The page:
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The Future Is Now

May 15, 2006

The Tofflers’ new book, “Revolutionary Wealth,” argues convincingly that we are on the verge of a post-scarcity world that will slash poverty and “unlock countless opportunities and new life trajectories,” at least if we avoid the rapidly escalating risks to such progress.

Taking control: Lab testing you order for yourself

July 21, 2003

Healthcare consumers can now order laboratory tests on themselves in more than 30 states. “Direct Access Testing” is on the verge of tremendous expansion in providing laboratory services such as allergy, cardiac risk, and Diabetes screening tests to the patient population.

American Association for Clinical Chemistry press release

Time-travelling browsers navigate the web’s past

November 19, 2009

Finding old versions of web pages could become far simpler thanks to Memento, a “time-travelling” web browsing technology being pioneered at the Los Alamos National Laboratory in New Mexico.

Race Is on to Advance Software for Chips

April 30, 2008

Three rival teams of computer researchers are working on new types of software needed for parallel computing.

Stanford University and six computer and chip makers plan to announce on Friday the creation of the Pervasive Parallelism Lab, joining the University of California, Berkeley and the University of Illinois at Urbana-Champaign in this research.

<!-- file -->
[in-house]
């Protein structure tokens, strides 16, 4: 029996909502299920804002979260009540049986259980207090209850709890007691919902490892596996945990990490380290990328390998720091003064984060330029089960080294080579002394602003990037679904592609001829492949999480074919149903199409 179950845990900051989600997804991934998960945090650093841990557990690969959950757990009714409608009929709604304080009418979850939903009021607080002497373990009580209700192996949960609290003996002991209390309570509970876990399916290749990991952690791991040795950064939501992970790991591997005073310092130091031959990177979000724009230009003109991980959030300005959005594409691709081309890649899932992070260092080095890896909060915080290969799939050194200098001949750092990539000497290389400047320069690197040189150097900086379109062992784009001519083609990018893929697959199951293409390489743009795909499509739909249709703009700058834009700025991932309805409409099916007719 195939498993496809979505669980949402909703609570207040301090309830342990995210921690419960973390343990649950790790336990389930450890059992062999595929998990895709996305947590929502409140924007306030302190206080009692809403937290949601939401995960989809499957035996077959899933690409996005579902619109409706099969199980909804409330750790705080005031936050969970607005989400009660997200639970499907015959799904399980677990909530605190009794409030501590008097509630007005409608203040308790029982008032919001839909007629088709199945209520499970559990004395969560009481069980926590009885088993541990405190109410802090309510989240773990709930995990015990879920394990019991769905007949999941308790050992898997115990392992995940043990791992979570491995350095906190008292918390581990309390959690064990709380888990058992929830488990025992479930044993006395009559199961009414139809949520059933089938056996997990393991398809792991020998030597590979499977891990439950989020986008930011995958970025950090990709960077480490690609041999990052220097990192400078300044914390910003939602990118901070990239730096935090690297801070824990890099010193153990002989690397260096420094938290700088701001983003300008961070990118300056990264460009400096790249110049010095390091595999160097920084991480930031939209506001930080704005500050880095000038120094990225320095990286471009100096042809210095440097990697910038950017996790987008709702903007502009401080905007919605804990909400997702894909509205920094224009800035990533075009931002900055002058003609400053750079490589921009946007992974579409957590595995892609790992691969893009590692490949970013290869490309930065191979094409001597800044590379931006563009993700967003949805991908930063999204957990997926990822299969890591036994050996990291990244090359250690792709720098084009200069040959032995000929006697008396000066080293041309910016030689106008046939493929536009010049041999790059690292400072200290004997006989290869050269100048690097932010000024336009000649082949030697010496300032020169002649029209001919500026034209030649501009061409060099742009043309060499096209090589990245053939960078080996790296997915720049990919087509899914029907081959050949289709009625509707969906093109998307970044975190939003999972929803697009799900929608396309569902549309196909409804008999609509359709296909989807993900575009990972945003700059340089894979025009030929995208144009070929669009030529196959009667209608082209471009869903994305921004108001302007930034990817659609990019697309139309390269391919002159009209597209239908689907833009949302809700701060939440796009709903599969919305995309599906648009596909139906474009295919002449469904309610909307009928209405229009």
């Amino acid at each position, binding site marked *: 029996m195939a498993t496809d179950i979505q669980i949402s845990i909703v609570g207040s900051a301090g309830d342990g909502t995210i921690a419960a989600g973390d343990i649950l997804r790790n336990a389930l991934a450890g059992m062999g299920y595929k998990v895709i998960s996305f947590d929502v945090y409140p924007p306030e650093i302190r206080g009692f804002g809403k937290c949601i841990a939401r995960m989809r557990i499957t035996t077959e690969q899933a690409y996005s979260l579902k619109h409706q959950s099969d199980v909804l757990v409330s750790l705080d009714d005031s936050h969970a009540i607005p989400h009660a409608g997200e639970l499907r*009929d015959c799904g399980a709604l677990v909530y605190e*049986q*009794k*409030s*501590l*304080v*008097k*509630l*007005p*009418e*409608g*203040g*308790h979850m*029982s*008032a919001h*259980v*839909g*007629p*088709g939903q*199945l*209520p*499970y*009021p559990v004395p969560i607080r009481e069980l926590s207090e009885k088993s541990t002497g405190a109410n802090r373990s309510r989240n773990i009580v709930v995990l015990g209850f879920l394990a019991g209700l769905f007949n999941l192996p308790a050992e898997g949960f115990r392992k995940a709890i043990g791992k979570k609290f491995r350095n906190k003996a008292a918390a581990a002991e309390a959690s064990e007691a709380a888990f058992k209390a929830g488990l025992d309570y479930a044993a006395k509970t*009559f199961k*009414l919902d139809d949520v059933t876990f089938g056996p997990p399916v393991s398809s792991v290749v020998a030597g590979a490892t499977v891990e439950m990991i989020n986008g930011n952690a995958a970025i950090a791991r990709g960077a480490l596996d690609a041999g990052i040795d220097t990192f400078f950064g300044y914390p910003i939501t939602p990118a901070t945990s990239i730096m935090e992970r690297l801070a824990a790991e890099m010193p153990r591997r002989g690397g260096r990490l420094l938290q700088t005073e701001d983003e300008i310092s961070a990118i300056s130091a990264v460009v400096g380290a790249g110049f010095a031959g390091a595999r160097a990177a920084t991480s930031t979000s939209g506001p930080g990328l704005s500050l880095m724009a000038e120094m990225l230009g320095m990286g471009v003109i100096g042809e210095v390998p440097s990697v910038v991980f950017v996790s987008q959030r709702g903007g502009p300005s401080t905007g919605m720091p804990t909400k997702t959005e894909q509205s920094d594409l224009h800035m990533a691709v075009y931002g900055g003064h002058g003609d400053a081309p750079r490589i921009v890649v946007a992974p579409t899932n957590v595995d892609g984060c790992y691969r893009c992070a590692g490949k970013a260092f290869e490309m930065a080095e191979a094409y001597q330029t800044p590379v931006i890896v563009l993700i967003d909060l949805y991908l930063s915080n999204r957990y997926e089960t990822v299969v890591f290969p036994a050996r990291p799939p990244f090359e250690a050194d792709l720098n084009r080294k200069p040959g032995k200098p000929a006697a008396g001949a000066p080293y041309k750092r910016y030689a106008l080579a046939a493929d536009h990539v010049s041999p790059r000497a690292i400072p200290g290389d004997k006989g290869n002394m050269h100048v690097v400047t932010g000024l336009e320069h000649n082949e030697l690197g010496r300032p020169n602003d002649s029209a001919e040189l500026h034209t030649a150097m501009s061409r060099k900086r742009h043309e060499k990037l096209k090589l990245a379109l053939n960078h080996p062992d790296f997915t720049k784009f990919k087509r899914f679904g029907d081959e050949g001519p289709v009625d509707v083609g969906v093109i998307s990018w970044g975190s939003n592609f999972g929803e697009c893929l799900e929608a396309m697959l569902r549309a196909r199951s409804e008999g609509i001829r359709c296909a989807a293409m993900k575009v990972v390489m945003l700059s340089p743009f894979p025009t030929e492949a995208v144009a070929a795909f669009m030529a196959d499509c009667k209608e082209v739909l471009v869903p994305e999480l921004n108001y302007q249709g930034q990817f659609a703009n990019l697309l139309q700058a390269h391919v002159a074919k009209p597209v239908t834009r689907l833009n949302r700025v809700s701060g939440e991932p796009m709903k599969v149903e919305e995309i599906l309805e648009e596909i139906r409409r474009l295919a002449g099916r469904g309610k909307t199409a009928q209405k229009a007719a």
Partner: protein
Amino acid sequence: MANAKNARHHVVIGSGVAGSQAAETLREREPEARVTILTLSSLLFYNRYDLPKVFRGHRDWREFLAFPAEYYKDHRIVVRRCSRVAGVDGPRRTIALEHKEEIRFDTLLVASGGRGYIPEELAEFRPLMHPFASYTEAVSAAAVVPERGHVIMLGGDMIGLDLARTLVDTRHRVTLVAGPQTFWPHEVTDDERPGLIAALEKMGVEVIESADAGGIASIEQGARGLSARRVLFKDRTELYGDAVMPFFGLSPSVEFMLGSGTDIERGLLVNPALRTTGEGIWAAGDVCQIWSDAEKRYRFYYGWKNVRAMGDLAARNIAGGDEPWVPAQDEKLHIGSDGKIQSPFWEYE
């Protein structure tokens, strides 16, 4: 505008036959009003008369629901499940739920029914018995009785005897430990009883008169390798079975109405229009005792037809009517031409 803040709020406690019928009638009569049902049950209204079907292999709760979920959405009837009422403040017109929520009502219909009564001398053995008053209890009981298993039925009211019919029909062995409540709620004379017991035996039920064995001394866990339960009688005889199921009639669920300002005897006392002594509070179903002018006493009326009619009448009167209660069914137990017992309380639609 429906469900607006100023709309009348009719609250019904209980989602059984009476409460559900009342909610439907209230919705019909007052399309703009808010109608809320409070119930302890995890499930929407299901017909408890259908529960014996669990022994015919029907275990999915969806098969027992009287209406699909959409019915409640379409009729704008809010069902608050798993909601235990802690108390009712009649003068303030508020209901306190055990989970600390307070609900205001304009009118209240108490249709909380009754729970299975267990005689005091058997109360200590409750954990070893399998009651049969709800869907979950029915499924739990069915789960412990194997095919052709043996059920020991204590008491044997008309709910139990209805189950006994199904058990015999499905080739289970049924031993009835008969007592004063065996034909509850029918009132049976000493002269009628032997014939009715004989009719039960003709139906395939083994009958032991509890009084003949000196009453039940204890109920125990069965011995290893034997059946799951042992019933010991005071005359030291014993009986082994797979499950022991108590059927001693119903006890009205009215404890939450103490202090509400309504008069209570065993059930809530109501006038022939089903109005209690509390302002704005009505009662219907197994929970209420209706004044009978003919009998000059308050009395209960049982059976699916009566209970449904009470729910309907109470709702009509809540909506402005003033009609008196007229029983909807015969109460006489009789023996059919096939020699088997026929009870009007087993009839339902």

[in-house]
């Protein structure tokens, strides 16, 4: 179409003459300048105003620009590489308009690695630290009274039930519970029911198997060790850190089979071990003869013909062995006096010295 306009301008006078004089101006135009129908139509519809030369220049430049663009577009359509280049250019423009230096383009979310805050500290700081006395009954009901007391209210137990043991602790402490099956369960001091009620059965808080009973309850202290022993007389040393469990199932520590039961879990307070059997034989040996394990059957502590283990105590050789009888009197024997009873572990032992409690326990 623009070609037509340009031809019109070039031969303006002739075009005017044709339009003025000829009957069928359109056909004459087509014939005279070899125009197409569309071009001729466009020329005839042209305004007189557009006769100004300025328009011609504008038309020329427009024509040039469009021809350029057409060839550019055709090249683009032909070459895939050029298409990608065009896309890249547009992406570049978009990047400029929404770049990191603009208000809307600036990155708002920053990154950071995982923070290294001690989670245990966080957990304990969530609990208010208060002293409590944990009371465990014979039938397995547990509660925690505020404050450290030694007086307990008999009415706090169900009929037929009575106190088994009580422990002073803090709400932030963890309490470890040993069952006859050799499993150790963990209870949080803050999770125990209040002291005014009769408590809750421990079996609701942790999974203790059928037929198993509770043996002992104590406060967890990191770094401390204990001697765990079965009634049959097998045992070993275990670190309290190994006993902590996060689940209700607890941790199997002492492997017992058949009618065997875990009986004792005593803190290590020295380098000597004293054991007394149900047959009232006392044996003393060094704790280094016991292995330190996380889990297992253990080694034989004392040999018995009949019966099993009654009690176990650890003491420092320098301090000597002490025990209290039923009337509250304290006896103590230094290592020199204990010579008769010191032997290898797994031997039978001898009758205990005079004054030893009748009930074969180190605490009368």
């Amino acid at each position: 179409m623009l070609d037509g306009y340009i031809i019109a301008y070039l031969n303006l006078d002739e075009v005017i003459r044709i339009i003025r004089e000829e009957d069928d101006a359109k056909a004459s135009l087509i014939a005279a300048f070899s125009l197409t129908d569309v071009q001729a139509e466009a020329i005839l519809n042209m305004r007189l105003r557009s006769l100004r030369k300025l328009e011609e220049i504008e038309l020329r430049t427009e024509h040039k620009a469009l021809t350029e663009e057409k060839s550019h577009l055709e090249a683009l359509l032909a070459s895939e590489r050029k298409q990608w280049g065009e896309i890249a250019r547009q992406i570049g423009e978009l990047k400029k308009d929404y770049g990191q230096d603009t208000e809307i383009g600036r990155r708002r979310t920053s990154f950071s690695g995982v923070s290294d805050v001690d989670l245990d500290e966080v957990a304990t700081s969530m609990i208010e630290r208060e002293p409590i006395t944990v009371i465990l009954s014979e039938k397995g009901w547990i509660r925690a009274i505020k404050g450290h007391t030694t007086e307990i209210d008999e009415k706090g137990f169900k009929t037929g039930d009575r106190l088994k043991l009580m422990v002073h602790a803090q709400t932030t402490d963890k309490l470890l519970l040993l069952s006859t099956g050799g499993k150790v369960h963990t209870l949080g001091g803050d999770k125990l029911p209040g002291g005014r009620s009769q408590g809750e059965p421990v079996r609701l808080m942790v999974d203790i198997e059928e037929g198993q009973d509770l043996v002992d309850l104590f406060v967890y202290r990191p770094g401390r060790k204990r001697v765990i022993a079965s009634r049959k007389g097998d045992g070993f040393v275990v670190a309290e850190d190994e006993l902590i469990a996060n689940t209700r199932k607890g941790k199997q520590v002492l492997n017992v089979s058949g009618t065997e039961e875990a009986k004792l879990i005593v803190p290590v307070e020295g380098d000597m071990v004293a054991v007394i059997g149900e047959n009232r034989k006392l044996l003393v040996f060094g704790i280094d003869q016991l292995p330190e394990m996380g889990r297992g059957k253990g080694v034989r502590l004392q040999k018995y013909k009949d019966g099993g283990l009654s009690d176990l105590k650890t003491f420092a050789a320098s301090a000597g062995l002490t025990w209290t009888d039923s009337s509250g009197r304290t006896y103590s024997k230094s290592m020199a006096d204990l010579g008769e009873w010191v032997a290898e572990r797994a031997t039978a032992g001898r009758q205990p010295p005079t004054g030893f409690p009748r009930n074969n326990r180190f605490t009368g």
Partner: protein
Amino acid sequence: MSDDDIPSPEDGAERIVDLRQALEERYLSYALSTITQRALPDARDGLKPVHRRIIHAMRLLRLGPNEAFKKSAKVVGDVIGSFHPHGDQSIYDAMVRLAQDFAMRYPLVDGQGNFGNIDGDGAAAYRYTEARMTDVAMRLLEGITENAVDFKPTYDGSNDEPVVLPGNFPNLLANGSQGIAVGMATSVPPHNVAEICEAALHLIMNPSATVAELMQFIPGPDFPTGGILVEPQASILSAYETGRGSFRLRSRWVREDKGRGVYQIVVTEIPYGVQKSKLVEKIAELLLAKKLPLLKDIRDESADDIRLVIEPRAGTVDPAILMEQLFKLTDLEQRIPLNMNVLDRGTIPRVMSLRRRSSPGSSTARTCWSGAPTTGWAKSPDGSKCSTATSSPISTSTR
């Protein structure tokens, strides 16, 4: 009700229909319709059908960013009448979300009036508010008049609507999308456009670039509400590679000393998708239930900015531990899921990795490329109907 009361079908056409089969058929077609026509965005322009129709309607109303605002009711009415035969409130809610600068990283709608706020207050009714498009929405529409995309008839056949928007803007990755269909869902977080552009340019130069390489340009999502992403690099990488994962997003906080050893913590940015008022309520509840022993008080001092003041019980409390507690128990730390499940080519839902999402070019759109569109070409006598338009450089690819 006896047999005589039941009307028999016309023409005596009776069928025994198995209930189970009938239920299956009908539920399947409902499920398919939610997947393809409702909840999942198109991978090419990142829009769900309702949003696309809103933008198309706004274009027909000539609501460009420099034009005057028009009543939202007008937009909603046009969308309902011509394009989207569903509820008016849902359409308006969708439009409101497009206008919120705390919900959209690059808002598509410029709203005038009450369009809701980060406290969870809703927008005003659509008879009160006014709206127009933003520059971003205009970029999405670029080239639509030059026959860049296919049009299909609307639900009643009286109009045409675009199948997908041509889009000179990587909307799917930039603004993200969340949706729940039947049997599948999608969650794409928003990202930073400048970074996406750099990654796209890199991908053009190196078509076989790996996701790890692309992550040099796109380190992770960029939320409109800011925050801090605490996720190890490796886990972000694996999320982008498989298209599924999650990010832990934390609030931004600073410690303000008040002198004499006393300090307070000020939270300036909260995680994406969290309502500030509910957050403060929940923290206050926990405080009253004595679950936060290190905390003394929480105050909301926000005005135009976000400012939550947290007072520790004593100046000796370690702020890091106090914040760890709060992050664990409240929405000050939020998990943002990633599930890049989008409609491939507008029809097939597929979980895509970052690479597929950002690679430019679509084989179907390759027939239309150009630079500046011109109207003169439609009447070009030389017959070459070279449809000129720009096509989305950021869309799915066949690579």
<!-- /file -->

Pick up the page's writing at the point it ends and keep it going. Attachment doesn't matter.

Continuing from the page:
Intel acknowledged in 2004 that it had hit what was essentially a heat barrier in… read more

The next wave of the web

May 30, 2006

The imminence of wireless broadband for mobiles means we are about to enter the phase of mobile and ubiquitous computing. It is also going to bring the Internet to the hundreds of millions of people who have no Internet access.

The Web is already full of knowledge-intensive AI components. Take Bayesian methods, a branch of statistics that allows a machine to make decisions, shifting probabilities based on its past… read more

Smartphone battery life could dramatically improve with new invention

September 16, 2011

University of Michigan computer scientists have developed a new “subconscious mode” for smartphones and other WiFi-enabled mobile devices that could extend battery life by as much as 54 percent for users on the busiest networks. It’s called E-MiLi (Energy-Minimizing Idle Listening).

Even when smartphones are in power-saving modes and not actively sending or receiving messages, they are still on alert for incoming information and they’re… read more

Greenpeace Wades Into Nano Debate With Report That Calls For Caution

July 28, 2003

Greenpeace has entered the debate over nanotech’s impact on the environment and society with a study that calls for the industry to “demonstrate a commitment to (environmental concerns) by funding the relevant research on a far greater scale than currently witnessed.”

Greenpeace explores the idea that “quantum dots, nanoparticles, and other throwaway nanodevices may constitute whole new classes of non-biodegradable pollutants that scientists have very little understanding of.”… read more